Contact Menu Join 62, marketing managers who get our best digital marketing insights, strategies and tips delivered straight to their inbox. However, considering how much of an influence the Internet has in our daily lives, how many of us actually know the story of how it got its start? Most of our daily lives are saturated with social mediaonline shopping, and browsing for new information, but how did we get to this point? While the complete history of the Internet could easily fill a few books, this article should familiarize you with key milestones and events related to the growth and evolution of the Internet between to
Our criteria By what criteria would we determine what was a primitive Internet? We will examine the various verifiable events according to the following criteria Was it a connection between networks?
Did it involve computers? Did it involve humans communicating with each other?
Was it an actual event and not a theoretical document? If a theory passes all these tests, the final test is - was it the first "Internet"? These criteria, we suggest, all have to be met before we have the event which could be called "the birthday of the Internet". If not all are met, we are dealing with a different but perhaps closely related species, or with a theory which was at that place and time untested.
So, let the games begin!
Theory One - Packet switching represents the origins of the Internet The Arpanet claim to Internet origins largely rests on acceptance of this theory and a belief that this was the first ever packet switching exchange.
As Kleinrock is purported to have reflected on the 35th anniversary of this event in"When we sent that first message, it marked the birth of a new method of global communications that has forever changed the course of business, politics, entertainment, education and social interaction, Now, 35 years later, the Internet has become so pervasive that even my year-old mother uses it.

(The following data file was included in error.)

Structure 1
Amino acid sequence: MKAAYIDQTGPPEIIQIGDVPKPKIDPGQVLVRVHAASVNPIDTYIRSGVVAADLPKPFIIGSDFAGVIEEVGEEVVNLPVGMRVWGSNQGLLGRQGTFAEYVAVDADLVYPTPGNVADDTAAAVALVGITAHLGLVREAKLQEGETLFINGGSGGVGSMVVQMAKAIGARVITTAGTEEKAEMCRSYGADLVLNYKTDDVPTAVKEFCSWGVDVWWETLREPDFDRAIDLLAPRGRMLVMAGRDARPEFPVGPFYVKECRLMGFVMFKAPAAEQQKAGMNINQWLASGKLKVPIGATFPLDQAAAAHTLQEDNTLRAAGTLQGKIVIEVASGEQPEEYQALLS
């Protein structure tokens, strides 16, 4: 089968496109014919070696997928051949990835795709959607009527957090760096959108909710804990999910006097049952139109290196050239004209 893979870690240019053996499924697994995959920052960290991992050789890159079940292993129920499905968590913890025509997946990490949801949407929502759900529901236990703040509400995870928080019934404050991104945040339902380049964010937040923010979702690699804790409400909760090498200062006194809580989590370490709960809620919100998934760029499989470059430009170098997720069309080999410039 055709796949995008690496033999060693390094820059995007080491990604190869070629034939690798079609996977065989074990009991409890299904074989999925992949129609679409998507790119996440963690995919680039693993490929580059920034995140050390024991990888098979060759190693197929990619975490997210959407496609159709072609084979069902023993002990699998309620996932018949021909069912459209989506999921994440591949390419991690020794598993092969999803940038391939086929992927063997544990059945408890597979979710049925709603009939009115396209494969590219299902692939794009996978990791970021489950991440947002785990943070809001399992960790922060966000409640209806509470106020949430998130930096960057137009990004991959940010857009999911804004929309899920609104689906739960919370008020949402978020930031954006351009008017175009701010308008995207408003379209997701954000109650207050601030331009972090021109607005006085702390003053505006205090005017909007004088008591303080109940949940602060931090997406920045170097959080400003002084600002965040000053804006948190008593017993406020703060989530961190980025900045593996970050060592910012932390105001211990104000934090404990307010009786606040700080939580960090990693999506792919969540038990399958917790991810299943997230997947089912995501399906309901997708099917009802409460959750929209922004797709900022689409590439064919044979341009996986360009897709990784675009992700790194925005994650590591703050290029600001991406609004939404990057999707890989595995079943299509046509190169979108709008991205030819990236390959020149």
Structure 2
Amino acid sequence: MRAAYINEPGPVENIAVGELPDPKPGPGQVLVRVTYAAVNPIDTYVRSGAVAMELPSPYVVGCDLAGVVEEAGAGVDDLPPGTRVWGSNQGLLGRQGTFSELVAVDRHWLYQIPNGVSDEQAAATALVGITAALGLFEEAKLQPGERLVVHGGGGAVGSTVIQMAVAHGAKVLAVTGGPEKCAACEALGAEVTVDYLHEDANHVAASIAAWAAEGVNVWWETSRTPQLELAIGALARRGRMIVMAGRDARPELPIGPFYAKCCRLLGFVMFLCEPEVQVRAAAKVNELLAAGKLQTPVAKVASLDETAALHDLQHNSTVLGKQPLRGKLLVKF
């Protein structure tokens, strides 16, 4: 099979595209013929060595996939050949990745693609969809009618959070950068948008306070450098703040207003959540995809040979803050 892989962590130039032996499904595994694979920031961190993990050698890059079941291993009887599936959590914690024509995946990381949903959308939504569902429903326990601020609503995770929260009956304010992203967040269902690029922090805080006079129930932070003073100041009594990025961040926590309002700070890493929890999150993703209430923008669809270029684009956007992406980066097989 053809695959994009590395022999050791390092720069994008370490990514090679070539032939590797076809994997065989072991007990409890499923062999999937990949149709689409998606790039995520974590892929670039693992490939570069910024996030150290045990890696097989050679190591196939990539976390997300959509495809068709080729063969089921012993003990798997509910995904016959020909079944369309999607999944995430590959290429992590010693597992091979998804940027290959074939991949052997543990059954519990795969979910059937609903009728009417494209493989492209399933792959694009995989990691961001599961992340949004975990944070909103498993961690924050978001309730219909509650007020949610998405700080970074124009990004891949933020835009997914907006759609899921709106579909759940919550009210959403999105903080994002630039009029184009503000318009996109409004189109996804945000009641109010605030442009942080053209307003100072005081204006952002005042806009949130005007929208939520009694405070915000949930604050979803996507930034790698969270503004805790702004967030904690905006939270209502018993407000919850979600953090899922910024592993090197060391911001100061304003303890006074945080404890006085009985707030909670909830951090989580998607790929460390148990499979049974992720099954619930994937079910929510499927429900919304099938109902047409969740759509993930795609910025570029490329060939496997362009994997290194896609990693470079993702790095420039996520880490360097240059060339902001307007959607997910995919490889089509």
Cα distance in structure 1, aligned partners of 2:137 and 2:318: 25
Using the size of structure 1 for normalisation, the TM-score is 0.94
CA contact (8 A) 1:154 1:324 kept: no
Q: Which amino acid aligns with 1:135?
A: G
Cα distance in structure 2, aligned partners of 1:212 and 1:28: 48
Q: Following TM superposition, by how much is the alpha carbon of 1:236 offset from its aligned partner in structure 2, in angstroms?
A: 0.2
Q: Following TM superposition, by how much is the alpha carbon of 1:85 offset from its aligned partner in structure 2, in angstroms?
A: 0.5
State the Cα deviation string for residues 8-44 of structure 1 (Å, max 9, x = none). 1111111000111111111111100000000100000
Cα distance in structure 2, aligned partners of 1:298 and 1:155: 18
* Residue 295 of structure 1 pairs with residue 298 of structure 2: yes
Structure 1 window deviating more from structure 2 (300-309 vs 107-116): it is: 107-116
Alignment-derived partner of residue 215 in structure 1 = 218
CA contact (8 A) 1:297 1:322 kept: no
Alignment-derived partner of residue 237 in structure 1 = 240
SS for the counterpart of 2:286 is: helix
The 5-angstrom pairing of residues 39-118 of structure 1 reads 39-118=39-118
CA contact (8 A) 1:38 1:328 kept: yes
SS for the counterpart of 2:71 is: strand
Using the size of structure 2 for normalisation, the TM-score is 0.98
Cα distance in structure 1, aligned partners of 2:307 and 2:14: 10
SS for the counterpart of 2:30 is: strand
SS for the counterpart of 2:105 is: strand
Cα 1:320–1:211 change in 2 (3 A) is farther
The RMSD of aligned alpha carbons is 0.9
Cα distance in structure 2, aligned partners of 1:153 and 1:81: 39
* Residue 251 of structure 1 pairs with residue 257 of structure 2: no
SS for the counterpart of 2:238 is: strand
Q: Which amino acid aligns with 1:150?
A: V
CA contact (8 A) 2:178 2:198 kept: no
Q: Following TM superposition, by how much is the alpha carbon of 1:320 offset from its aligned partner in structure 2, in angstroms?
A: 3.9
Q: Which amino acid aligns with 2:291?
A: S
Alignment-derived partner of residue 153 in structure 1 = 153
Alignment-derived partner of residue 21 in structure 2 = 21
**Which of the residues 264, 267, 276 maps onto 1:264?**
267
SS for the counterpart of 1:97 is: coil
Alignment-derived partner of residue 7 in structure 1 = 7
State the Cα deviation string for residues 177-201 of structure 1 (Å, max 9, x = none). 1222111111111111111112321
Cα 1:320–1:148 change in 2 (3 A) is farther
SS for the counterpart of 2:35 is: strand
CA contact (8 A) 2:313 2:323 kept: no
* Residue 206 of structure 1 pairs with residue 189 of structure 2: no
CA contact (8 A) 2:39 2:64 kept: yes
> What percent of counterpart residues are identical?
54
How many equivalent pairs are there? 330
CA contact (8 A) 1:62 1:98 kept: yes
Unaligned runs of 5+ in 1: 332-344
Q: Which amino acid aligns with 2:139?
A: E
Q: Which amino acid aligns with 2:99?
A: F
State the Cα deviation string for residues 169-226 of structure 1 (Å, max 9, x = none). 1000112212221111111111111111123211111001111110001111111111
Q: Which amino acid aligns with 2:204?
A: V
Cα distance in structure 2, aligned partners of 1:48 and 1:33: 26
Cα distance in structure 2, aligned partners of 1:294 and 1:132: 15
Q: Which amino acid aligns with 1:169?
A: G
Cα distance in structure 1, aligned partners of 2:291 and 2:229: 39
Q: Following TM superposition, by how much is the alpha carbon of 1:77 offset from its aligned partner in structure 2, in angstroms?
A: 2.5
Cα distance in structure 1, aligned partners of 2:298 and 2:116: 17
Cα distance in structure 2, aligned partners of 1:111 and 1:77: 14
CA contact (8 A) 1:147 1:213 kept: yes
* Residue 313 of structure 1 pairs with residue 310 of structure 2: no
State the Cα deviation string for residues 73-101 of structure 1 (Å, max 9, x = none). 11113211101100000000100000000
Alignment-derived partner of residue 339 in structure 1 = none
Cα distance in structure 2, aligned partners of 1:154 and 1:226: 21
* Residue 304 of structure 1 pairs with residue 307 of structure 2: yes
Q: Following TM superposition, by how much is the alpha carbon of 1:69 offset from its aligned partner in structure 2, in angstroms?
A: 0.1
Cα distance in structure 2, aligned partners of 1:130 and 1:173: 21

It was not the first packet switching event It was not about people communicating over distance It was not a connection relating to "a network of networks".
Let's explore the flaws in this theory in more detail. It never got funded; but Donald Davies did develop the concept of packet switching, a means by which messages can travel from point to point across a network. Kim Veltman goes further in exploring this "We are almost always told that the Internet began solely in America.
This is not really true. The earliest pioneers included a Frenchman, Louis Pouzin, who introduced the idea of data grams and an Englishman, Donald W. Davies, who was one of the inventors of packet-switching. Another of the great pioneers in Britain was Peter T.
Kirstein, who went to America at the beginning of the Arpanet in when it was decided that Davies could not go for reasons of national security.
Hence an English project of inspired the beginnings of the US Internet in ". What follows from this analysis is that, if we believe that the first trials of packet switching represents the beginnings of the Internet, the Internet began in the UK, not USA. But does that theory meet all our tests?